It's just that its UI libs have historically been over-engineered shit like Swing.


I'm not saying Java code isn't very portable, and there are some notable exceptions (the IntelliJ/JetBrains products always are first to come to mind) of successful cross platform Java client apps.

But much of the original late 90s hype about Java was its cross platform nature, especially in the browser, but Java applets and other in-browser Java technologies were never popular (consider GMail and other GWT apps were written in Java but compiled down to Javascript).

Java owes 90%+ of its ubiquity and longevity to its success on the server.


They were pretty popular actually. The problem was that browser makers started trying to kill applets off very early. Netscape supported them, but Microsoft / Sun had a huge falling out and they ended up pushing ActiveX very hard as a replacement. The dominance of IE assured that ActiveX replaced Java applets for a while, and then MS fell out of love with ActiveX too, so HTML+JS was all that was left.

Applets were very much a victim of various power struggles within the browser industry, combined with Sun's general lack of competence on the desktop - for instance, their online upgrade engines have always sucked. Though in fairness, nobody got that right until Chrome.


Ironically if Java developers had used the built in DOM APIs instead of the Applet canvas crap, we probably would have had great SPAs a lot earlier.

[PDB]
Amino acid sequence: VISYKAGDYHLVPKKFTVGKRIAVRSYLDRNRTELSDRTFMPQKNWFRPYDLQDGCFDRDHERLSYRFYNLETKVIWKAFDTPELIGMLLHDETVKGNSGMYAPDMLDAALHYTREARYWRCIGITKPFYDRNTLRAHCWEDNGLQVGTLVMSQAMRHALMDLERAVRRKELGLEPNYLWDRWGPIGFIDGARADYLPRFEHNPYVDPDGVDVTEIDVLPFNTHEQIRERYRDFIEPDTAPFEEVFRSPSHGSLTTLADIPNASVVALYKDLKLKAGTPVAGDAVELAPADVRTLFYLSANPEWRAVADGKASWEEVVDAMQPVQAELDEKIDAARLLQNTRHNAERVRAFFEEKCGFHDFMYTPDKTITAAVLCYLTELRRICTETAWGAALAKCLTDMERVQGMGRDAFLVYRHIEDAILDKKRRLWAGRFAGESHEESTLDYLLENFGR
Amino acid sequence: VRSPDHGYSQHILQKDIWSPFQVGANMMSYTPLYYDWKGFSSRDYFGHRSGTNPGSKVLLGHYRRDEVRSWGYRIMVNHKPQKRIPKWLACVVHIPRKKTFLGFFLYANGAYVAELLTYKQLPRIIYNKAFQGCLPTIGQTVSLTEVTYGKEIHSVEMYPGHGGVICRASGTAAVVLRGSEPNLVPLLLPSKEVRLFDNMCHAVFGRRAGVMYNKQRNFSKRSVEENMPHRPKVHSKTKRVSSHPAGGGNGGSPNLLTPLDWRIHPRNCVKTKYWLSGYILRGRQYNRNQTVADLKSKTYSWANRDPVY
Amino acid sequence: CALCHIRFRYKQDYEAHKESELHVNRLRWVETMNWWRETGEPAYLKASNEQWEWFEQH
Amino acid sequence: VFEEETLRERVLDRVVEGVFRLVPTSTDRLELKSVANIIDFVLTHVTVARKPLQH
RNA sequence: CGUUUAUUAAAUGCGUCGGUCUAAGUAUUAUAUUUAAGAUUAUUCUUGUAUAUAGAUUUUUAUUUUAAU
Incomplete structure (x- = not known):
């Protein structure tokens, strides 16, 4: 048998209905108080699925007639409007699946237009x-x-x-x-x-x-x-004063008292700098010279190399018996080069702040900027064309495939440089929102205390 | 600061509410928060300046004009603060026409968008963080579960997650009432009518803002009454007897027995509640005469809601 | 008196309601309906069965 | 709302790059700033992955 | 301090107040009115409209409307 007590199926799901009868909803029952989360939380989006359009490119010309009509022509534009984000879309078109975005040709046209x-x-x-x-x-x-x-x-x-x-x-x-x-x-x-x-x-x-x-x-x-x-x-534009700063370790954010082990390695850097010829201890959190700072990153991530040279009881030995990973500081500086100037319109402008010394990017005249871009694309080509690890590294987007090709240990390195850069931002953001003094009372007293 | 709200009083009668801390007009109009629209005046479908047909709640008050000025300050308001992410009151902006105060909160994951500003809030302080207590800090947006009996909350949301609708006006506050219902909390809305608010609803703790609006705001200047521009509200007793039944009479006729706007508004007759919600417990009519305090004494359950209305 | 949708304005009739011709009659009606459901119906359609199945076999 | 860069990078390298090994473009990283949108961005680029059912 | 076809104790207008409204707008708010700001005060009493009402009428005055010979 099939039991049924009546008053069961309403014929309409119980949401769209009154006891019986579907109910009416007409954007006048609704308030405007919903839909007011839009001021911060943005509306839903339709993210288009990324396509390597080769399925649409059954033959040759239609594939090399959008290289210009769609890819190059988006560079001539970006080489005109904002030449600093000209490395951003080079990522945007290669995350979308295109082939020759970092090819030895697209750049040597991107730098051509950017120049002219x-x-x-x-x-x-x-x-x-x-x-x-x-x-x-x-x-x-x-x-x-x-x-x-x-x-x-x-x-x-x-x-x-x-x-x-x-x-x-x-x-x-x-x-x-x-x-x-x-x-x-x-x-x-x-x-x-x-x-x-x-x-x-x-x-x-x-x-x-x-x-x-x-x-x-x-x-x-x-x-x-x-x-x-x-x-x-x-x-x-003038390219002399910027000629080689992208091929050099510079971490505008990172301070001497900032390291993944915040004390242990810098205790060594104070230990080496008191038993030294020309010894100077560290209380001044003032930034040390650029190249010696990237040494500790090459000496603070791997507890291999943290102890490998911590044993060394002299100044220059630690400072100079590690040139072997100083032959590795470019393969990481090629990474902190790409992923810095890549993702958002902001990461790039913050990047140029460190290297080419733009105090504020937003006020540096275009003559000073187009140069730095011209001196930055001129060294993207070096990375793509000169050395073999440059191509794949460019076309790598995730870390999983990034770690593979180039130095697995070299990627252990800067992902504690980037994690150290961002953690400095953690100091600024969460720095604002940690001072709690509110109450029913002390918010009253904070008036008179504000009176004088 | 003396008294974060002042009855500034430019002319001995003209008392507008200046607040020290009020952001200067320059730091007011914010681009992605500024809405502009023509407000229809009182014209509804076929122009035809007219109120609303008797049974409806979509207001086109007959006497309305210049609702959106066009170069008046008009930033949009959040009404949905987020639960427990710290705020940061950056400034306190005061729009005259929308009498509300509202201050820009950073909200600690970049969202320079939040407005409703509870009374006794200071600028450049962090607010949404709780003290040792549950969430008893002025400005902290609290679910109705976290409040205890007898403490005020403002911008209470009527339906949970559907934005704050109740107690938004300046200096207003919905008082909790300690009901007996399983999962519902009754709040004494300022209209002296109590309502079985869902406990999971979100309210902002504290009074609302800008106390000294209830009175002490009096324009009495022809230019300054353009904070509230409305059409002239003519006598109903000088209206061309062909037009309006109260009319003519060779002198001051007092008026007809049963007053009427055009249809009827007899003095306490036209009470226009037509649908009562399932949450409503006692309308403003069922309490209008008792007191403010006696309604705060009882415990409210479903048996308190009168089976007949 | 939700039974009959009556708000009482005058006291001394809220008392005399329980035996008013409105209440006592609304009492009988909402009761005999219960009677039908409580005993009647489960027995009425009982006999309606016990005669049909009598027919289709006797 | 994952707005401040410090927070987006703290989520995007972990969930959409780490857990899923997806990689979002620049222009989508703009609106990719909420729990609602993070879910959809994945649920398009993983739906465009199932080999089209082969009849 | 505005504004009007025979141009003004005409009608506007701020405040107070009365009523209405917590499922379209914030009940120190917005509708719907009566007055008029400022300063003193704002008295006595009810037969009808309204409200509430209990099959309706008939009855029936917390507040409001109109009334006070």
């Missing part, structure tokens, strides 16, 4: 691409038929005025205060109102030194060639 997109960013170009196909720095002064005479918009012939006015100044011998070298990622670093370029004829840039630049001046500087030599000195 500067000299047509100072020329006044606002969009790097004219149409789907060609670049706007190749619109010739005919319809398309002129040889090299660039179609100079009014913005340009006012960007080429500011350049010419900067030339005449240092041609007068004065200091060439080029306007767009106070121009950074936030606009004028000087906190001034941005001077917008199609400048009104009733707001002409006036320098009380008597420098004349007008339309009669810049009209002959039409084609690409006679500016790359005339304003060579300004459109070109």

> DOM APIs instead of the Applet canvas crap

i wonder if it was because at the time, the different DOM api in each browser was so immature, that to unify it into a single api is too big a task. The applet+blackbox region for rendering is the easiest MVP. Of course, with hindsight, that turned out to be a piece of crap.


Isn’t that jquery? Seems surmounted by a few very talented people


True, and if gui libraries stuck with common widgets that were cross platform, we would already have a long term native cross platform GUI toolkit.


The successful cross platform apps usually are in a space where having a non-native GUI is accepted.


> Java was the original "write once, run anywhere" language

That crown properly belongs to the UCSD P-System, which was the Java of the 1980's. It was the same idea as Java - compilation to a bytecode which an interpreter ran. It failed because the interpreter performance penalty was too high.

Java also started out as an interpreter, which made it too slow. Steve Russell of Symantec invented a JIT for it, and like the lumbering Allison-engined P-51 getting a supercharged Merlin, it brought Java to life.


I also wonder how much the difficulty of sharing files between different systems due to different disk formats played a role in its failure.

You could run p-system on a lot of machines - Apple II, IBM PC, TI-99/4A, PDP11... but how would you (and why would you) distribute your code across machines with such different storage media?


Oh, people found ways to transfer files. BBSs were one way, the Kermit program another, NNTP newsgroups, etc.

I transferred files from my PDP-11 (8" floppies) to my PC (5.25" floppies) using Kermit.


Maybe it was more of a problem of not being able to think of a use case for running a pCode program meant for a 512K PDP11 on a 48K Apple II+. A bit ahead of its time.